So how much teaching in our universities is being delivered by academics who are hourly paid or on insecure contracts?
Jonathan White, the University and College Union’s (UCU) bargaining policy and negotiating official, says: “We’ve argued for years that a lot of the teaching in universities is, in fact, done by people precariously employed, struggling to make ends meet and universities have been trying to sweep it under the carpet.”
He sent a freedom of information request to 135 higher education institutions last year, seeking figures on the amount of teaching delivered by hourly paid staff. More than half either wouldn’t or couldn’t disclose any data; others provided partial information, including Alice’s university.
Only 38 universities provided useable material on the 2015/16 academic year, with lots of caveats over its accuracy. In other words, it’s not possible to draw any clear-cut conclusions. But it did throw up some interesting examples.
For instance, the University of Derby reported just over a quarter of its teaching was done by hourly-paid staff. So did University College Birmingham.
According to Mr White, there’s enough information to show the problem’s much bigger than universities want to admit.
“What we’re trying to do is an approximation of scale,” he says.
“What we found is broadly what we thought we’d find. There are tens of thousands of people teaching hundreds of thousands of hours of education who are being paid by the hour.”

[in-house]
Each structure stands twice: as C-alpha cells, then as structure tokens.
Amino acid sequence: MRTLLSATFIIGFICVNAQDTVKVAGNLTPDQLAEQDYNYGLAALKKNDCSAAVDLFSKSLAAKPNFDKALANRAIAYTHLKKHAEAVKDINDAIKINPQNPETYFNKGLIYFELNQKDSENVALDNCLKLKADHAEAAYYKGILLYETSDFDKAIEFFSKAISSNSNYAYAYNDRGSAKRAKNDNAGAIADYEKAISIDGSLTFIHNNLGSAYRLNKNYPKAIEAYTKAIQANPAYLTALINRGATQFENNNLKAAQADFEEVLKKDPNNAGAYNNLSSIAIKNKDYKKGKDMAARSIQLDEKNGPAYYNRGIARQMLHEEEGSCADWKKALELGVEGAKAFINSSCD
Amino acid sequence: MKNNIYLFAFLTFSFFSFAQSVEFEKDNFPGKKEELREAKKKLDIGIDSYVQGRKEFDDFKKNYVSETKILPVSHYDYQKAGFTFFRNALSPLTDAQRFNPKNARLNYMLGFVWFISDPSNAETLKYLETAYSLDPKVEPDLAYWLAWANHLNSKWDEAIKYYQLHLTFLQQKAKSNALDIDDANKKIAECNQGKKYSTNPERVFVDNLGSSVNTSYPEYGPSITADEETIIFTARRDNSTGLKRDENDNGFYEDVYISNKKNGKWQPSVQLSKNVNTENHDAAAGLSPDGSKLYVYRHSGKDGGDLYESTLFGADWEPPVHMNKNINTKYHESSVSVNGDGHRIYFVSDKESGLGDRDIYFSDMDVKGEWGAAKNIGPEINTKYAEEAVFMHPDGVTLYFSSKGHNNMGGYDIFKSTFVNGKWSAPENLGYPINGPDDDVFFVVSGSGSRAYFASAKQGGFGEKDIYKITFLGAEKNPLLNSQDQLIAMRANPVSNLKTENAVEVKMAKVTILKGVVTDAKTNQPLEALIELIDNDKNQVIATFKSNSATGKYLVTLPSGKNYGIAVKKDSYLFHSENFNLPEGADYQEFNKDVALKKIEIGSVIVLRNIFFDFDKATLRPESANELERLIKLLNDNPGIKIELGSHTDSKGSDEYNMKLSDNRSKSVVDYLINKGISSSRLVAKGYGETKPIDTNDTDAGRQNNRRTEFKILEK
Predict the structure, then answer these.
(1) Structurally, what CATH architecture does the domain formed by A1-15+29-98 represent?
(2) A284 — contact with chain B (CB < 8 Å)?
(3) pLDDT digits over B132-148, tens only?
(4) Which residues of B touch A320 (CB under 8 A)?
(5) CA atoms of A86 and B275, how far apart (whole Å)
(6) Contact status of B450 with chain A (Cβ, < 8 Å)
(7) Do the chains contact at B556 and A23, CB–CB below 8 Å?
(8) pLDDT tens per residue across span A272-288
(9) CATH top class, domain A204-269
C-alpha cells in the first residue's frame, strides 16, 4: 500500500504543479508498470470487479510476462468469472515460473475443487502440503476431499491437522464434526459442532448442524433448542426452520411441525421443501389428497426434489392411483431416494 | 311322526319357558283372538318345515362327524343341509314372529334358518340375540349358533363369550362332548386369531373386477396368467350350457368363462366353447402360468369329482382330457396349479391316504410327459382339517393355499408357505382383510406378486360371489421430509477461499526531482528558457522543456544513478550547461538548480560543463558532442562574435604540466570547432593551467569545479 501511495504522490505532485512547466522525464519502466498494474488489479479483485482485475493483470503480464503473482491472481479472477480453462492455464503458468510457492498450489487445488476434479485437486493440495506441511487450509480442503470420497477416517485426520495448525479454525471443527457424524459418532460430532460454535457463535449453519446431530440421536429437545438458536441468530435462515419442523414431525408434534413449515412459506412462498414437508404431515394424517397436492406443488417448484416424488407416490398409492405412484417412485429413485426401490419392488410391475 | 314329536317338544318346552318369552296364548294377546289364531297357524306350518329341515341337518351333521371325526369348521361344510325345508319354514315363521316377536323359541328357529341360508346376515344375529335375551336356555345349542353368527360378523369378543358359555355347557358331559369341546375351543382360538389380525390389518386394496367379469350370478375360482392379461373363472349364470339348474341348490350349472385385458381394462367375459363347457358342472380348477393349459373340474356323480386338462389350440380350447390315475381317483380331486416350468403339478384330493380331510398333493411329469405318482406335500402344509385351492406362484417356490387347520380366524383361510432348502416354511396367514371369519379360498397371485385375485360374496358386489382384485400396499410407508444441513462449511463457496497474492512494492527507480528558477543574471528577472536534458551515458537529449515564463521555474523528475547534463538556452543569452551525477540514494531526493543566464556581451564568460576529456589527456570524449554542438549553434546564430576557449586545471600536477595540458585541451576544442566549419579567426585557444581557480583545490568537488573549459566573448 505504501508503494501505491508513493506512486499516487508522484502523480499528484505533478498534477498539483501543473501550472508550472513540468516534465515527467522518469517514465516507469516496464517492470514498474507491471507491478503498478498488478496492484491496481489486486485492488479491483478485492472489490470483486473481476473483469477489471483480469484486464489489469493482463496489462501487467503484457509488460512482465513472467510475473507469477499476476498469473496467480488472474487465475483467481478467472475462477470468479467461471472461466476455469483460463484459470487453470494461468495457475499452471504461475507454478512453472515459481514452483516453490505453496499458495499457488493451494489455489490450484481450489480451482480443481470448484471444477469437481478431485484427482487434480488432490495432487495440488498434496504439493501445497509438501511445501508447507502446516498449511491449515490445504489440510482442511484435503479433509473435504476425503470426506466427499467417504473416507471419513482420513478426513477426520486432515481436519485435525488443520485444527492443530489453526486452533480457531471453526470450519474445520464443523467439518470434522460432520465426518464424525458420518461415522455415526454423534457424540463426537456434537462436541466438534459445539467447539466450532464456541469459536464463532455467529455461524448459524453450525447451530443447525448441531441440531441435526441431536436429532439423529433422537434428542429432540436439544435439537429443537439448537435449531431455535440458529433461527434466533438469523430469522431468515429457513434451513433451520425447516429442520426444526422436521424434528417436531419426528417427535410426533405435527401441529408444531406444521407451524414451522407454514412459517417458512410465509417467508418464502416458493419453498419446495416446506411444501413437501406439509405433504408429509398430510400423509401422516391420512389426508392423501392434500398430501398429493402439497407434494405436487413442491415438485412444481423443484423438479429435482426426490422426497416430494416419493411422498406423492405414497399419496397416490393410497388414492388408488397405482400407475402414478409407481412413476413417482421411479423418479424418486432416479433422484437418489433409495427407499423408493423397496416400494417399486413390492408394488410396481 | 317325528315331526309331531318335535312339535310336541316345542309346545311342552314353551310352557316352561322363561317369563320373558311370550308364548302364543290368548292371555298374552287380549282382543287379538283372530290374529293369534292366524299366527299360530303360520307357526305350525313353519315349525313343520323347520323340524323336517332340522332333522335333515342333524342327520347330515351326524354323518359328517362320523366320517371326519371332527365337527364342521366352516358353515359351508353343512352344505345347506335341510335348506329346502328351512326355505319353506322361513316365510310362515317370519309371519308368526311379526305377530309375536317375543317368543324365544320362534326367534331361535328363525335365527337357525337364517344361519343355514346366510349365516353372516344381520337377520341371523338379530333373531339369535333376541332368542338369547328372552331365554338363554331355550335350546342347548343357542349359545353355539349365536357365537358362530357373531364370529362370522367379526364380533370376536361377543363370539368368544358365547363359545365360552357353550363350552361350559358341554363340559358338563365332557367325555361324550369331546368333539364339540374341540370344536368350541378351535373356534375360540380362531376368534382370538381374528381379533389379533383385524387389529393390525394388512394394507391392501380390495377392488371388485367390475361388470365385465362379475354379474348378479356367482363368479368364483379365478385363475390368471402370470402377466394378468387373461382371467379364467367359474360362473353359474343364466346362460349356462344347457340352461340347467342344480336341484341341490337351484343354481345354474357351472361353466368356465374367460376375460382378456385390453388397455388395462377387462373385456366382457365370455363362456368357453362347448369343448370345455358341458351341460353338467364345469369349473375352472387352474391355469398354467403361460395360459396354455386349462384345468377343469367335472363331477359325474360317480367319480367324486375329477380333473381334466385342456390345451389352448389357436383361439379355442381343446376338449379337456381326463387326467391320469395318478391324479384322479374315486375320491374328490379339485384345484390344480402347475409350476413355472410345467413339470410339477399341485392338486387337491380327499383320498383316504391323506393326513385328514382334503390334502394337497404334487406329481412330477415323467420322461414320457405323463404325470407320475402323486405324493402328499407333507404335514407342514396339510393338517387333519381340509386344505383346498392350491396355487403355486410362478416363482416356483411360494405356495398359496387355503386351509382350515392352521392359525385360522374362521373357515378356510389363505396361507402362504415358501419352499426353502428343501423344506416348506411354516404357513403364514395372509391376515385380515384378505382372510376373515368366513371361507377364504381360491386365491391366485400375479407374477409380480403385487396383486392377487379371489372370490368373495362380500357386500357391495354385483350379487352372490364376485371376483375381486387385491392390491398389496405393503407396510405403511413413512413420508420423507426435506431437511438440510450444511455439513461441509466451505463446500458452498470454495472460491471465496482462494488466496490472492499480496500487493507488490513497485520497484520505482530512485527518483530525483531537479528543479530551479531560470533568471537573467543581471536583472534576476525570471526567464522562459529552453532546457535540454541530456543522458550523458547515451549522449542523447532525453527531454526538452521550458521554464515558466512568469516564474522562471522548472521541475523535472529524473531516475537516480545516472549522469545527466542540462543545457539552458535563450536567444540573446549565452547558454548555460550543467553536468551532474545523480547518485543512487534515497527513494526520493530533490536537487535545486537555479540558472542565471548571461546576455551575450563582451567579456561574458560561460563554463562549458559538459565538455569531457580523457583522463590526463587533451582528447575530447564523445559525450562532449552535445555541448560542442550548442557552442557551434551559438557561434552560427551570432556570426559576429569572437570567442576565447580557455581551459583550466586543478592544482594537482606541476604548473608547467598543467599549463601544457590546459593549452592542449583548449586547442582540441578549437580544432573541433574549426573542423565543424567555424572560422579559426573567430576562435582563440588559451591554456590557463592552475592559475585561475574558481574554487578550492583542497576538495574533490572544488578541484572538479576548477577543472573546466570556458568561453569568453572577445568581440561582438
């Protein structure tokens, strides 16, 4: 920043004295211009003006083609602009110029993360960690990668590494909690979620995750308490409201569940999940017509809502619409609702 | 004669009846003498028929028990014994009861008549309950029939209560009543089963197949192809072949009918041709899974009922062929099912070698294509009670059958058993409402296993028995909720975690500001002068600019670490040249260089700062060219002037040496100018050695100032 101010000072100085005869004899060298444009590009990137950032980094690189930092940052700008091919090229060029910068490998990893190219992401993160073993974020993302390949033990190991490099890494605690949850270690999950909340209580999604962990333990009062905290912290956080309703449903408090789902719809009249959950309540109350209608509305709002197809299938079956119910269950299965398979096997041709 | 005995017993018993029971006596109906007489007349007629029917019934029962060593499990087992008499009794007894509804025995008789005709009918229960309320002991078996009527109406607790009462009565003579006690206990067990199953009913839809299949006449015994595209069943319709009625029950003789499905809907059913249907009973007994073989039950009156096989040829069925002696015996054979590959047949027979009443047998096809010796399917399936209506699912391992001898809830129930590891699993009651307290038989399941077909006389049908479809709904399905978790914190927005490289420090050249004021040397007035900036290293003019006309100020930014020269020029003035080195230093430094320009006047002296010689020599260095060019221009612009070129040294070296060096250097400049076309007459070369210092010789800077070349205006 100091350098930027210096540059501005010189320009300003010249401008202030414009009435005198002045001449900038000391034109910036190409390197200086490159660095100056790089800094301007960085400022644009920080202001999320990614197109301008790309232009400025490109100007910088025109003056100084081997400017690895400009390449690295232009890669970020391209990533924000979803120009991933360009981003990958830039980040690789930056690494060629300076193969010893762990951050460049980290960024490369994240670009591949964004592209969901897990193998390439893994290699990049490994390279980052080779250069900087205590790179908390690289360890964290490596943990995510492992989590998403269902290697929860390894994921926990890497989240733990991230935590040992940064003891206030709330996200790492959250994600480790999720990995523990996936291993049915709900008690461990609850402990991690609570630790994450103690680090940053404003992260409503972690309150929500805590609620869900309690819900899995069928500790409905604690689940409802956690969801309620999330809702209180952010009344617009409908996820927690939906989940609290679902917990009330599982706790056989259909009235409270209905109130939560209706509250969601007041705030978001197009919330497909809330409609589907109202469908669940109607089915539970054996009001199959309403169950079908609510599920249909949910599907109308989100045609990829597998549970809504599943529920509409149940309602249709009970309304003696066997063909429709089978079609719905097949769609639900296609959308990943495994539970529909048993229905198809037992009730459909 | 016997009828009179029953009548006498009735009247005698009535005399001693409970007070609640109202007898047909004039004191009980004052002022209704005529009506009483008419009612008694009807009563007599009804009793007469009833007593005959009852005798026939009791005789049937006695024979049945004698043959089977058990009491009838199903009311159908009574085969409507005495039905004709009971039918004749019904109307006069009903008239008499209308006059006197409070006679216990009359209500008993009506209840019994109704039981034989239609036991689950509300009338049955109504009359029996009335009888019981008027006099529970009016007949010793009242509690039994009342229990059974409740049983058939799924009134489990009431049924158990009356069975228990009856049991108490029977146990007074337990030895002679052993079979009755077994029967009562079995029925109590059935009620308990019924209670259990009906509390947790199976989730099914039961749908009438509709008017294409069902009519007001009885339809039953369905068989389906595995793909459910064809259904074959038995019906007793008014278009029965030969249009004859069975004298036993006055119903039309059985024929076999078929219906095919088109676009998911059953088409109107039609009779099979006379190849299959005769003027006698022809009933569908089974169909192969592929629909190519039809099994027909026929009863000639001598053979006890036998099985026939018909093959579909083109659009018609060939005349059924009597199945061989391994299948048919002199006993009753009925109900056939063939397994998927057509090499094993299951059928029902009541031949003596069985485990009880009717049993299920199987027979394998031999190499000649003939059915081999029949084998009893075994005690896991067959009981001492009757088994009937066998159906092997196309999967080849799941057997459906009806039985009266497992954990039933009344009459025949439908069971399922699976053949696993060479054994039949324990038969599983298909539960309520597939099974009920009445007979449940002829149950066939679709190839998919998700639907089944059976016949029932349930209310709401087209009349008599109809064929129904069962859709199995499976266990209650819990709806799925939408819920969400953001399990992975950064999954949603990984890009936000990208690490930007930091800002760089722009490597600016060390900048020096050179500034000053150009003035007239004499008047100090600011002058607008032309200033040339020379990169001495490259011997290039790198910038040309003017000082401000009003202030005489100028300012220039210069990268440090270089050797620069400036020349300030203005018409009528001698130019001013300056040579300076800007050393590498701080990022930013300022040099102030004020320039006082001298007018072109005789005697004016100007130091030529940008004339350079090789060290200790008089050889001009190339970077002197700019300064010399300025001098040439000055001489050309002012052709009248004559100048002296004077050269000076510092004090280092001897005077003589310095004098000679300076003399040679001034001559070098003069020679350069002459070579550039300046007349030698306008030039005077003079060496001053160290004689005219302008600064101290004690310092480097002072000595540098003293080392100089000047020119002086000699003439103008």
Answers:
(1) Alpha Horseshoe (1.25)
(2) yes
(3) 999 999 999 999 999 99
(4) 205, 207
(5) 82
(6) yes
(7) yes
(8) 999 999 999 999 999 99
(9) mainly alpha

University employers say the report is flawed and misleading, along with all the other research the UCU has done.
Their association, UCEA, believes casual staff do a very small amount of teaching.
“The quality of very many degree programmes at higher education institutions today is frequently enhanced by input from skilled professionals from outside the sector contributing specialist teaching on specific courses,” it said in a statement.
“Such input is hugely valued by students and is often essential for the programme’s accreditation. Hourly-paid teaching and tutoring also provide important developmental opportunities for postgraduates, particularly for those interested in a future career in the sector.”
The Higher Education Statistics Agency (Hesa) is responsible for publishing the official data. It says the data, as it’s currently gathered, doesn’t give a straight answer on the level of precarious employment in academia.